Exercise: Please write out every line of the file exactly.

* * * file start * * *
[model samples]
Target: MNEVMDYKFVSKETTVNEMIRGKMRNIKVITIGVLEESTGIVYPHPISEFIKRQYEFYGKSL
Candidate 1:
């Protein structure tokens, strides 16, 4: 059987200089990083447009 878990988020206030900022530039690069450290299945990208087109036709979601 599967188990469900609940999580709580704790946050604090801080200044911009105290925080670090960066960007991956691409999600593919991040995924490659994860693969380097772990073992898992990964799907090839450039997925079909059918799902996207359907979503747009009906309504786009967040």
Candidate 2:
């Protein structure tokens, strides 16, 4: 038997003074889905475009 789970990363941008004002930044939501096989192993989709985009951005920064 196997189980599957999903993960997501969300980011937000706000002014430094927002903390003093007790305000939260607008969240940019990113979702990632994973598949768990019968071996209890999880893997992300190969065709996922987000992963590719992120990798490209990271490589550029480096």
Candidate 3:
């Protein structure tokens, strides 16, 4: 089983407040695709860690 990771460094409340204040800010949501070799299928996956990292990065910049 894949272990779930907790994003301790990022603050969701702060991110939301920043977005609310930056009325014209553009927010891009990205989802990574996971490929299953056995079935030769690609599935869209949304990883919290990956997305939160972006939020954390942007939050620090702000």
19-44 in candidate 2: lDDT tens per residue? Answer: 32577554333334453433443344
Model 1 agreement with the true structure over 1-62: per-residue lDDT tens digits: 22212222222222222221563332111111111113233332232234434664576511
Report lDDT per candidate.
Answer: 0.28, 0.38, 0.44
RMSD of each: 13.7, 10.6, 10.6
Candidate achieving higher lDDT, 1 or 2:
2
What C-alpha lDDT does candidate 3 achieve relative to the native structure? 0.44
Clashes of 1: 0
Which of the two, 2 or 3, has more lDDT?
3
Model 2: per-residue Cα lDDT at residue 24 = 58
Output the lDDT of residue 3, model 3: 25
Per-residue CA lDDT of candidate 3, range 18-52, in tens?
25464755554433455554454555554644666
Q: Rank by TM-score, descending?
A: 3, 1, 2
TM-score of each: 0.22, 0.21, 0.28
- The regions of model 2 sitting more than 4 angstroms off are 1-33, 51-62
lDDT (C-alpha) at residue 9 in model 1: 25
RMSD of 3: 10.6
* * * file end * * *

[model samples]
Target: MNEVMDYKFVSKETTVNEMIRGKMRNIKVITIGVLEESTGIVYPHPISEFIKRQYEFYGKSL
Candidate 1:
């Protein structure tokens, strides 16, 4: 059987200089990083447009 878990988020206030900022530039690069450290299945990208087109036709979601 599967188990469900609940999580709580704790946050604090801080200044911009105290925080670090960066960007991956691409999600593919991040995924490659994860693969380097772990073992898992990964799907090839450039997925079909059918799902996207359907979503747009009906309504786009967040």
Candidate 2:
């Protein structure tokens, strides 16, 4: 038997003074889905475009 789970990363941008004002930044939501096989192993989709985009951005920064 196997189980599957999903993960997501969300980011937000706000002014430094927002903390003093007790305000939260607008969240940019990113979702990632994973598949768990019968071996209890999880893997992300190969065709996922987000992963590719992120990798490209990271490589550029480096």
Candidate 3:
């Protein structure tokens, strides 16, 4: 089983407040695709860690 990771460094409340204040800010949501070799299928996956990292990065910049 894949272990779930907790994003301790990022603050969701702060991110939301920043977005609310930056009325014209553009927010891009990205989802990574996971490929299953056995079935030769690609599935869209949304990883919290990956997305939160972006939020954390942007939050620090702000």
19-44 in candidate 2: lDDT tens per residue? Answer: 32577554333334453433443344
Model 1 agreement with the true structure over 1-62: per-residue lDDT tens digits: 22212222222222222221563332111111111113233332232234434664576511
Report lDDT per candidate.
Answer: 0.28, 0.38, 0.44
RMSD of each: 13.7, 10.6, 10.6
Candidate achieving higher lDDT, 1 or 2:
2
What C-alpha lDDT does candidate 3 achieve relative to the native structure? 0.44
Clashes of 1: 0
Which of the two, 2 or 3, has more lDDT?
3
Model 2: per-residue Cα lDDT at residue 24 = 58
Output the lDDT of residue 3, model 3: 25
Per-residue CA lDDT of candidate 3, range 18-52, in tens?
25464755554433455554454555554644666
Q: Rank by TM-score, descending?
A: 3, 1, 2
TM-score of each: 0.22, 0.21, 0.28
- The regions of model 2 sitting more than 4 angstroms off are 1-33, 51-62
lDDT (C-alpha) at residue 9 in model 1: 25
RMSD of 3: 10.6